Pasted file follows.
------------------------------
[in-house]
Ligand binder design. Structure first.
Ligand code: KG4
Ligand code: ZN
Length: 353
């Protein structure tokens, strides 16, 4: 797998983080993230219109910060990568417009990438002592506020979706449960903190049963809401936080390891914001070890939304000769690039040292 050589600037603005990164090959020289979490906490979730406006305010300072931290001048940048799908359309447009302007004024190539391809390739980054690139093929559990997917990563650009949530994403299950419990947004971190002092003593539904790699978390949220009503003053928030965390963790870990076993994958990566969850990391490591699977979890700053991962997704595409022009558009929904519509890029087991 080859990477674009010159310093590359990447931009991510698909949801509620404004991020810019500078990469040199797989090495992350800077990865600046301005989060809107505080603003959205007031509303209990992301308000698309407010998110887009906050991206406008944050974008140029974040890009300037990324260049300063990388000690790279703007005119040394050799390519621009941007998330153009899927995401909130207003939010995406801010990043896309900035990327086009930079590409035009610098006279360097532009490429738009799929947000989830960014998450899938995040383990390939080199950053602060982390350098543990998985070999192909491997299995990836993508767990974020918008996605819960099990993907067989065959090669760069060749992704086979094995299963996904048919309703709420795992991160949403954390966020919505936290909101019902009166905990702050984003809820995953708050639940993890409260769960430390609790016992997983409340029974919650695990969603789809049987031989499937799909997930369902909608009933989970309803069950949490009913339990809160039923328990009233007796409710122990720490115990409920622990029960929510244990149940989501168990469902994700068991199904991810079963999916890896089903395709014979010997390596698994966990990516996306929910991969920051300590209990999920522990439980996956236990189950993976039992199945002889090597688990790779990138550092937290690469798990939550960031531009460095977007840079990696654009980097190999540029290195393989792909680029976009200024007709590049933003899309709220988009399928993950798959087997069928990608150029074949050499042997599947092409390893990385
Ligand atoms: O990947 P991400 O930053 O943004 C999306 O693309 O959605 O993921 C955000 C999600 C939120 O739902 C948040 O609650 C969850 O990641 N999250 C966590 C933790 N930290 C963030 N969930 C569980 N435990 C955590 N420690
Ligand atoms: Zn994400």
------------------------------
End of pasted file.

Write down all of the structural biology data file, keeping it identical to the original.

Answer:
[in-house]
Ligand binder design. Structure first.
Ligand code: KG4
Ligand code: ZN
Length: 353
């Protein structure tokens, strides 16, 4: 797998983080993230219109910060990568417009990438002592506020979706449960903190049963809401936080390891914001070890939304000769690039040292 050589600037603005990164090959020289979490906490979730406006305010300072931290001048940048799908359309447009302007004024190539391809390739980054690139093929559990997917990563650009949530994403299950419990947004971190002092003593539904790699978390949220009503003053928030965390963790870990076993994958990566969850990391490591699977979890700053991962997704595409022009558009929904519509890029087991 080859990477674009010159310093590359990447931009991510698909949801509620404004991020810019500078990469040199797989090495992350800077990865600046301005989060809107505080603003959205007031509303209990992301308000698309407010998110887009906050991206406008944050974008140029974040890009300037990324260049300063990388000690790279703007005119040394050799390519621009941007998330153009899927995401909130207003939010995406801010990043896309900035990327086009930079590409035009610098006279360097532009490429738009799929947000989830960014998450899938995040383990390939080199950053602060982390350098543990998985070999192909491997299995990836993508767990974020918008996605819960099990993907067989065959090669760069060749992704086979094995299963996904048919309703709420795992991160949403954390966020919505936290909101019902009166905990702050984003809820995953708050639940993890409260769960430390609790016992997983409340029974919650695990969603789809049987031989499937799909997930369902909608009933989970309803069950949490009913339990809160039923328990009233007796409710122990720490115990409920622990029960929510244990149940989501168990469902994700068991199904991810079963999916890896089903395709014979010997390596698994966990990516996306929910991969920051300590209990999920522990439980996956236990189950993976039992199945002889090597688990790779990138550092937290690469798990939550960031531009460095977007840079990696654009980097190999540029290195393989792909680029976009200024007709590049933003899309709220988009399928993950798959087997069928990608150029074949050499042997599947092409390893990385
Ligand atoms: O990947 P991400 O930053 O943004 C999306 O693309 O959605 O993921 C955000 C999600 C939120 O739902 C948040 O609650 C969850 O990641 N999250 C966590 C933790 N930290 C963030 N969930 C569980 N435990 C955590 N420690
Ligand atoms: Zn994400």